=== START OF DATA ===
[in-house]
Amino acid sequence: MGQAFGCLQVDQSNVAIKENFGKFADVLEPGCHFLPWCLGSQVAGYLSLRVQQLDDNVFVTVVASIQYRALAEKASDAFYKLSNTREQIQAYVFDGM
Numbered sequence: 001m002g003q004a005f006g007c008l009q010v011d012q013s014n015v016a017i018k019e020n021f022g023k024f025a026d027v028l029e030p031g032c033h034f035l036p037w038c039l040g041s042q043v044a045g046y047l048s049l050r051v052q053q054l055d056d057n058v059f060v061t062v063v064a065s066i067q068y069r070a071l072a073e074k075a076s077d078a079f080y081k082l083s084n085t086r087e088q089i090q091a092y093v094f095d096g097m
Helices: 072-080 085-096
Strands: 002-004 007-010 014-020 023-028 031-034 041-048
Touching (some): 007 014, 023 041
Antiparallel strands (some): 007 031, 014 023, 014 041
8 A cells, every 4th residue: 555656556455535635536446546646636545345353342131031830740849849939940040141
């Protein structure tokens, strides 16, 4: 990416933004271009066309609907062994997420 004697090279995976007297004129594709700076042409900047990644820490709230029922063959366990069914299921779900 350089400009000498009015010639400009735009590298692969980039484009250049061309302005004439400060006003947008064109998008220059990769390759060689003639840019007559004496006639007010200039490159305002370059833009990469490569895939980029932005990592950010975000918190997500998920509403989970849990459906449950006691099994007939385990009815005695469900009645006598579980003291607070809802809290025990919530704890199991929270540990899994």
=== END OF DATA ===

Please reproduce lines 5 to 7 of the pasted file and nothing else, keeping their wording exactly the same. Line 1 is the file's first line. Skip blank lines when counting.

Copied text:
Strands: 002-004 007-010 014-020 023-028 031-034 041-048
Touching (some): 007 014, 023 041
Antiparallel strands (some): 007 031, 014 023, 014 041